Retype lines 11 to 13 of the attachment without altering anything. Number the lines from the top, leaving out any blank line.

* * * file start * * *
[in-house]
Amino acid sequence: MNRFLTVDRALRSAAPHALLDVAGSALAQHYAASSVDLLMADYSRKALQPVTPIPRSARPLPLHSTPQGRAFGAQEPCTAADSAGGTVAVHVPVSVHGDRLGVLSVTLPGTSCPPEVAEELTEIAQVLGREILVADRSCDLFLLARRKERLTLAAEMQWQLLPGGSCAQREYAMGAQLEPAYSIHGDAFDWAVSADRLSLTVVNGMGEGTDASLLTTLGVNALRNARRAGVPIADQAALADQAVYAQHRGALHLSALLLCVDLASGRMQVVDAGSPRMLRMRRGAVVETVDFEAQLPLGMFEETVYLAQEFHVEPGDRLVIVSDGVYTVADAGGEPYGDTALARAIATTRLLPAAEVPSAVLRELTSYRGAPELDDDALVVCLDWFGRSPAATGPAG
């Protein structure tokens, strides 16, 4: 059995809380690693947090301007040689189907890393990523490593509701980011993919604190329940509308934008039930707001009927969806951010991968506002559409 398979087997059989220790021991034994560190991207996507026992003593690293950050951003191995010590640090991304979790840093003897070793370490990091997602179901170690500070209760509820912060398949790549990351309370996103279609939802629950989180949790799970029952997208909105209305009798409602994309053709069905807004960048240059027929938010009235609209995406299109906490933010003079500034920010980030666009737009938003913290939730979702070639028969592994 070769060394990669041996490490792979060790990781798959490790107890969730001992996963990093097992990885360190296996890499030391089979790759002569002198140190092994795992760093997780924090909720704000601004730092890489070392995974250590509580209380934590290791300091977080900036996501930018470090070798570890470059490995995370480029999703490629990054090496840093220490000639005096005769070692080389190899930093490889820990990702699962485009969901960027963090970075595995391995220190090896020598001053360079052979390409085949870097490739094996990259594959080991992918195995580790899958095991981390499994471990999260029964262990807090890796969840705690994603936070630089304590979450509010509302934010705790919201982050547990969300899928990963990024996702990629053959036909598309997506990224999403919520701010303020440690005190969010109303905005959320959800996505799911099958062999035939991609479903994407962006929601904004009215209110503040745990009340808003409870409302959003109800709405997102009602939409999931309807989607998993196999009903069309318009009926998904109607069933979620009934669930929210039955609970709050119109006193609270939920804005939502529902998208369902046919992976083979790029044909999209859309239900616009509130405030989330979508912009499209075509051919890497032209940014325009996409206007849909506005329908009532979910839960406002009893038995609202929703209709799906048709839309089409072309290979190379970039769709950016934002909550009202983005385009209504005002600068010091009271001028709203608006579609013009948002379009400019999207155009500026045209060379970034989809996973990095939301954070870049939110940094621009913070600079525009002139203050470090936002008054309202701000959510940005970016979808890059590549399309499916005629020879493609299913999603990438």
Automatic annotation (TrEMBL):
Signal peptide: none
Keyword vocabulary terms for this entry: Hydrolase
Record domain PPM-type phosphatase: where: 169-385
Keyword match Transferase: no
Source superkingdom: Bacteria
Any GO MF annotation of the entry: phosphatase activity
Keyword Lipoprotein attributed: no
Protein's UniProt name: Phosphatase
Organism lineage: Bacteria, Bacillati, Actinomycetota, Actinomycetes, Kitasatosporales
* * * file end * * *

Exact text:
Keyword Lipoprotein attributed: no
Protein's UniProt name: Phosphatase
Organism lineage: Bacteria, Bacillati, Actinomycetota, Actinomycetes, Kitasatosporales